UBC Research Data
Predicting coral mortality in South East Asia using open-source data Saunders, Rebecca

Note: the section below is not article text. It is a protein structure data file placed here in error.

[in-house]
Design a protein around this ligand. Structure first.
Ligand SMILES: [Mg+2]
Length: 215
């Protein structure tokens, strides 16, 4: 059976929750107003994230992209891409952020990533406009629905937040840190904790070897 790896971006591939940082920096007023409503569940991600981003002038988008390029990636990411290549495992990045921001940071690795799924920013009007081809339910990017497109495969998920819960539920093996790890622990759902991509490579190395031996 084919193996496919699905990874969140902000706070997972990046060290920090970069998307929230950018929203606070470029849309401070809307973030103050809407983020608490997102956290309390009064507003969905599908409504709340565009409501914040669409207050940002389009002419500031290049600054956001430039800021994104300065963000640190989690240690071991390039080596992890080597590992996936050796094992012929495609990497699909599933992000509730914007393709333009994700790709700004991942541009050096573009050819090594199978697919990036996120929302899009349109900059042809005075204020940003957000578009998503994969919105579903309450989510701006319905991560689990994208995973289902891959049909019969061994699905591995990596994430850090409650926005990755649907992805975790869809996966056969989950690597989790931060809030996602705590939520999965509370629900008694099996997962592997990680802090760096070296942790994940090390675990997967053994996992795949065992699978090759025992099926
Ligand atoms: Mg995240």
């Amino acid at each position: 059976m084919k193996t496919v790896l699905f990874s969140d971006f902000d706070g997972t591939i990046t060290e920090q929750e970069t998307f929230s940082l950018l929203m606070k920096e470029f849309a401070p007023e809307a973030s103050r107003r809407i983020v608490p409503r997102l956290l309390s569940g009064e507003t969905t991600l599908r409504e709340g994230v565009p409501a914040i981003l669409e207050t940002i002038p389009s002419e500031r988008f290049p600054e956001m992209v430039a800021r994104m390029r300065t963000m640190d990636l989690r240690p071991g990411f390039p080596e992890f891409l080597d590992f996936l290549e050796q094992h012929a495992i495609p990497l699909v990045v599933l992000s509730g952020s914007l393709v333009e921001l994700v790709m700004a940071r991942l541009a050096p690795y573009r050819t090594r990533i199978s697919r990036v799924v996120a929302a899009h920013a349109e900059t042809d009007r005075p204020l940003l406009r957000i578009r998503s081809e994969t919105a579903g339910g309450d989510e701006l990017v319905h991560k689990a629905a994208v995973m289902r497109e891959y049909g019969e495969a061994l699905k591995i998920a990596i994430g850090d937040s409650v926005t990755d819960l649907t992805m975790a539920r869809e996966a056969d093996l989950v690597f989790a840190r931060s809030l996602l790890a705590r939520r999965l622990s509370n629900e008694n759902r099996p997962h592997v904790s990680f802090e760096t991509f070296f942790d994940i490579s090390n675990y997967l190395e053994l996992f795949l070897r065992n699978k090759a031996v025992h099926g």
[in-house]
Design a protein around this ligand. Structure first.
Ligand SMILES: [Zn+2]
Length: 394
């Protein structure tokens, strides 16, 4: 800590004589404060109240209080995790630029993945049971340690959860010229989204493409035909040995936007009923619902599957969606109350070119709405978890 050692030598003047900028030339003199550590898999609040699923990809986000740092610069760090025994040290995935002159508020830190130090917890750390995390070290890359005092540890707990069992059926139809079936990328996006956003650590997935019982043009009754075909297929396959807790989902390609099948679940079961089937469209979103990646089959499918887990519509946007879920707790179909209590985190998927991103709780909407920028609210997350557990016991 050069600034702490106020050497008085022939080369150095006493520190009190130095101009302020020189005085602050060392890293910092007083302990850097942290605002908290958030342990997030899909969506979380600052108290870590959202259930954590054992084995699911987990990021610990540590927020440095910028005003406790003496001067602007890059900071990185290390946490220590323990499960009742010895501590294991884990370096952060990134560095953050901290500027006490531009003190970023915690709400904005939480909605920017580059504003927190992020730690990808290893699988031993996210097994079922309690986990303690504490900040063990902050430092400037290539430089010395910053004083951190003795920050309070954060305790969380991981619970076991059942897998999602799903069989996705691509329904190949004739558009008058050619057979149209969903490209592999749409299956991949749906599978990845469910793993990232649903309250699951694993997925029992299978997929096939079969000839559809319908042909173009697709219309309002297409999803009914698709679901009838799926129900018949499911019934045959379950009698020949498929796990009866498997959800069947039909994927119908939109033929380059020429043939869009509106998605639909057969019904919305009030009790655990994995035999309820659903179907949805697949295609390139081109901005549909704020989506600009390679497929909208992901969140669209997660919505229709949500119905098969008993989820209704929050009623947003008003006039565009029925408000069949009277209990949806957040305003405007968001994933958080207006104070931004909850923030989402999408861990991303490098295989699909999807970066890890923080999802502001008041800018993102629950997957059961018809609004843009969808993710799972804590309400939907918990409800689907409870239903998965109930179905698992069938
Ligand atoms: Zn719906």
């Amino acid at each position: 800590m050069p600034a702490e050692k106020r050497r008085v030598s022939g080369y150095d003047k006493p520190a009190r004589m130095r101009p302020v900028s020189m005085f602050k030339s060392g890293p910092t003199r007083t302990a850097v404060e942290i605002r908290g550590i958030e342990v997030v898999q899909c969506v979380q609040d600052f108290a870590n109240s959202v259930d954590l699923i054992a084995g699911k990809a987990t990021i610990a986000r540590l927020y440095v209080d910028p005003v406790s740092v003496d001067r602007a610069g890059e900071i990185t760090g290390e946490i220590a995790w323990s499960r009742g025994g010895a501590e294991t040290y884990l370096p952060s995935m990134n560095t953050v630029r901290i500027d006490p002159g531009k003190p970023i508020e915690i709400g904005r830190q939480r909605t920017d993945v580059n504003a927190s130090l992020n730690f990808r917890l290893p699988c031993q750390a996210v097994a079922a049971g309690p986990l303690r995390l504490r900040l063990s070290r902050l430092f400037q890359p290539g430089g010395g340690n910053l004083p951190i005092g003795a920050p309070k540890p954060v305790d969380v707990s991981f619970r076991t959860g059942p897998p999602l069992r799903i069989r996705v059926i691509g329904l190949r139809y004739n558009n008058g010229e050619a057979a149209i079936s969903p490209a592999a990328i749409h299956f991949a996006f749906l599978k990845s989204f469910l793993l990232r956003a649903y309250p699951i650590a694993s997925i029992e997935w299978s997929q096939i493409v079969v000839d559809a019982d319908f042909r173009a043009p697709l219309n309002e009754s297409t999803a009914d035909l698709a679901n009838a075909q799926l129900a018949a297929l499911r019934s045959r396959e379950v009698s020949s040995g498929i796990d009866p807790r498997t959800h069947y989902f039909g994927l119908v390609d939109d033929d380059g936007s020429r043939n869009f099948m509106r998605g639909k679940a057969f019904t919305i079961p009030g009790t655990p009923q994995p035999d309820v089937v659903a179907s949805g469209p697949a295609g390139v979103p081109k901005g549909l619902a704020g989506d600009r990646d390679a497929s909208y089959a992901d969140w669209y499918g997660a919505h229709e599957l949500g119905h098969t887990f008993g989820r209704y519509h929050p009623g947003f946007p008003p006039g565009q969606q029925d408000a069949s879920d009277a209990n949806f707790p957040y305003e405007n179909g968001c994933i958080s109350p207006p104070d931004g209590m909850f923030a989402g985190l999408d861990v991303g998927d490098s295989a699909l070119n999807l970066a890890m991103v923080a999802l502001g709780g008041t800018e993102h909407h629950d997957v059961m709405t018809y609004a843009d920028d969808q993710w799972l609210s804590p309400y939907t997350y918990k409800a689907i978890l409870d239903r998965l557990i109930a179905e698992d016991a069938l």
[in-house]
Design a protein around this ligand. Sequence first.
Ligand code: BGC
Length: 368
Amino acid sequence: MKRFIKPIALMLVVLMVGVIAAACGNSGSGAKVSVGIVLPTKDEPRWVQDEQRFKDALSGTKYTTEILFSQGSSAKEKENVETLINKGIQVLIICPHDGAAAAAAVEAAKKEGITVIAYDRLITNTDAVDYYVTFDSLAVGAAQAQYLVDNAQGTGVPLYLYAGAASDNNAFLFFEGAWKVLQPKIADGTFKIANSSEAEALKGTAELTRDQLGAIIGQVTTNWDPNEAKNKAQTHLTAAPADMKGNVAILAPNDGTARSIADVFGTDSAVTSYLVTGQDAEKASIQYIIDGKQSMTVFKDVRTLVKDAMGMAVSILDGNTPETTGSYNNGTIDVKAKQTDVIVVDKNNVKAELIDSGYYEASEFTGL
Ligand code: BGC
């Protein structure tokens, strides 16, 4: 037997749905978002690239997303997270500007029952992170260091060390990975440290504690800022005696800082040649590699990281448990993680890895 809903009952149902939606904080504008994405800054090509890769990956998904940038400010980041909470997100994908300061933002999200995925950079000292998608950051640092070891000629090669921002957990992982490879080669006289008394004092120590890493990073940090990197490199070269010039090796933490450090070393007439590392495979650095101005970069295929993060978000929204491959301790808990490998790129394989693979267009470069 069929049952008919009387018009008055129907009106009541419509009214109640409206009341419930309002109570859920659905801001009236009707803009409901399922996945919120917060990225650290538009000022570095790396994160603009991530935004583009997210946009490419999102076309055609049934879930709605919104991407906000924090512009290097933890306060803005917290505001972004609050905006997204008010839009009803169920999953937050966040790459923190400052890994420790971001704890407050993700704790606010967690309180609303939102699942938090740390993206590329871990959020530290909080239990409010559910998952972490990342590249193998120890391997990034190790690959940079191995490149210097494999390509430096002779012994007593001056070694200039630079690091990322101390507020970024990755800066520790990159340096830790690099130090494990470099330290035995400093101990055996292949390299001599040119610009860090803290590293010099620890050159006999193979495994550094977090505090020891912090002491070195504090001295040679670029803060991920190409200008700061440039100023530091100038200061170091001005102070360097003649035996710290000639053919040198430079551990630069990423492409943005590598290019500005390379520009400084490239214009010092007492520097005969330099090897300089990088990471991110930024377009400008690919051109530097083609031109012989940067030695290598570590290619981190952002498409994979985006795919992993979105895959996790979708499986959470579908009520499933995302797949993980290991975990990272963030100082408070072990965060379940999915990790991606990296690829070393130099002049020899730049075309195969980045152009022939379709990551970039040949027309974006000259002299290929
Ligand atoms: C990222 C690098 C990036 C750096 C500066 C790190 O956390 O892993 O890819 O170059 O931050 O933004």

Coral reefs hold some of the most biodiverse and productive environments in the world while providing goods and services across a wide range of sectors. Unfortunately, due to climate change and other anthropogenic factors coral reefs are dying. However, majority of reef modeling literature looks at coral development rather than its mortality. In this study I modeled coral mortality using exclusively open source data and created a suitability score (concern index) for high concern corals that also considers the economic value of reefs. The goal was to help identify which community management units require attention from the marine conservation charity Blue Ventures. An inventory of global resolution datasets including environmental and management practices that may indicate coral stress were added to an empty linear model to predict mortality in South East Asia. The best model in predicting coral mortality utilized artisanal fishing data, the model had an R2 of 0.8673 and an accuracy of 48.51%. This model identified the locations of the highest mortality to be in Timor-Leste at Blue Ventures management unit sites TL1 and TL5, however adding economic value in the concern index then Papua New Guinea site PNG7 is more at risk. I hypothesize that a lack in variability and standardized approach in the coral mortality/bleaching explanatory data decreases the accuracy and real-world applicability of the model. The majority of explanatory variables were obtained from the online database Reef Base, some of the observations showed extreme outliers which were all indicated by citizen scientists. Going forward I would recommend that further education and standardization is included in observations to ensure the open source data has a higher accuracy to make better models.
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